MELBOURNE, Australia – The "Rafa Slam" is still alive after Rafael Nadal beat Marin Cilic 6-2, 6-4, 6-3 at the Australian Open on Monday to maintain his chance of owning all four Grand Slam trophies at once.
That's a feat that hasn't been achieved since Rod Laver won four majors in a calendar year in 1969.
Playing on Melbourne Park's center court that is named for the Australian great, Nadal advanced to a quarterfinal against Spain's David Ferrer. Nadal is attempting to add to the Grand Slam titles he won last year at the French Open, Wimbledon and the U.S. Open.
Kim Clijsters, seeded No. 3 and increasingly looking as if she can add to her U.S. Open crown, also reached the quarterfinals with a 7-6 (3), 6-2 victory over Ekaterina Makarova of Russia. No. 2 Vera Zvonareva advanced as well.
Clijsters is in the second full season of a comeback after 2½ years in retirement. She won five singles titles and the U.S. Open last year.
"I never thought things would be going well so soon after I started again," she said.
In other fourth-round matches, Alexandr Dolgopolov upset No. 4 Robin Soderling, the highest of the seeded players knocked out of the men's draw. No. 5 Andy Murray defeated No. 11 Jurgen Melzer, and No. 7 Ferrer defeated Canadian qualifier Milos Raonic.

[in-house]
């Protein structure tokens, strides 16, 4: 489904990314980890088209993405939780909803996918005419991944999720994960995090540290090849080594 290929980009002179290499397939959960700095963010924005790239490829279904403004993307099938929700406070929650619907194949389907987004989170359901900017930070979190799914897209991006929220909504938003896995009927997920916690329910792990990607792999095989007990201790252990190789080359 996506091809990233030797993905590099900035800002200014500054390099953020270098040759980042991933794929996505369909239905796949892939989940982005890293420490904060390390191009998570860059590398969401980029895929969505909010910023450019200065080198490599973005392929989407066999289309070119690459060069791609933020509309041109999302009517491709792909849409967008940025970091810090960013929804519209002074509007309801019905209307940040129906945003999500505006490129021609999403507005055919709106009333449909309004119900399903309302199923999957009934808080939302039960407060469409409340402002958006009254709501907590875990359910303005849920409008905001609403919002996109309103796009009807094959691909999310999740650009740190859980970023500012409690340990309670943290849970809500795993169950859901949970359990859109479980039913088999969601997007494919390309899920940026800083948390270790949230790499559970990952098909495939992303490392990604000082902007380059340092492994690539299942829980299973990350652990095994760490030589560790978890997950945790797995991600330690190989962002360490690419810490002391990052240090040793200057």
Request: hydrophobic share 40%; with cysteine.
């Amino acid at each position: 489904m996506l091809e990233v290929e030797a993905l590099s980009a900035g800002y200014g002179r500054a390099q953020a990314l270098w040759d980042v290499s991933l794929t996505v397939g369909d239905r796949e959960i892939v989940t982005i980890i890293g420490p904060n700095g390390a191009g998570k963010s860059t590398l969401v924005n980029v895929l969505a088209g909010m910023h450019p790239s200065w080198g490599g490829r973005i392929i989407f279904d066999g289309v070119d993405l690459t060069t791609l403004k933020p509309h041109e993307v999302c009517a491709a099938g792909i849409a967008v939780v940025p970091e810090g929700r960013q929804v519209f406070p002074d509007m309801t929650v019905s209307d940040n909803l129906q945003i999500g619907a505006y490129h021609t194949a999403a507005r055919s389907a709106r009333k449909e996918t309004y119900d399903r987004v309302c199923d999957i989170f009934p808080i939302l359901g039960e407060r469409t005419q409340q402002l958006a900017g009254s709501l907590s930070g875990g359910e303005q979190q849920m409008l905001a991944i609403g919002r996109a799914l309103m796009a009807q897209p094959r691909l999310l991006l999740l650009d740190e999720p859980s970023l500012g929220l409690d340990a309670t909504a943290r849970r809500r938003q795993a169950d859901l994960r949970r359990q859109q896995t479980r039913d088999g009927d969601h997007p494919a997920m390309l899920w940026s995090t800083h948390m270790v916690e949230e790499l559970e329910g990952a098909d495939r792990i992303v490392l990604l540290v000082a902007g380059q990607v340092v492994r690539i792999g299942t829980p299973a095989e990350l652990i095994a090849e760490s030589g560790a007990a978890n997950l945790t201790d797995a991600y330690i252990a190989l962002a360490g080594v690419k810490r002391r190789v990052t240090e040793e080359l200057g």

Nadal hasn't dropped a set through four rounds despite a lingering virus he picked up two weeks ago in Qatar.
"Before the match I was a little bit nervous," Nadal said. "I know how aggressive he can play. I think I played my best match this year here at the Australian Open."
At Nadal's previous match, he sweated profusely while playing Saturday night. On Monday, the weather was cooler and his condition clearly was improving.
"I'm not sweating that much tonight," Nadal said. "The two other days I was sweating like crazy and I felt very tired when I played the match. Today was the first day I felt perfect physically."
A capacity crowd of 15,000 that included country music star Kenny Rogers — sitting next to seven-time Grand Slam singles winner Evonne Goolagong Cawley — saw Nadal struggle at times on his serve.
The fourth game went to deuce four times, but Nadal finally prevailed on his service with a forehand smash at the net, followed shortly by his patented "Vamos" as he walked to the back of the court.
In the next game, he set up one of four break points with an amazing get of Cilic's drop shot at the net, sending it across the court to the side line for a winner. He converted for 4-1 and, after serving a double-fault on his first set point, Nadal took the opening set when Cilic netted a backhand.
Nadal went ahead 4-3 on a service break in the second set, then clinched it when Cilic, who beat American John Isner in five sets Saturday, hit a forehand long. He advanced when Cilic double-faulted on match point.
"It's tough to say. From this match, I didn't push him too much," Cilic said when asked to gauge Nadal's game. "You couldn't see how much does he have in the tank and, I mean, especially as I didn't play great. But definitely he's got good confidence."
Earlier, Murray also advanced to the quarterfinals, setting up a possible semifinal with Nadal.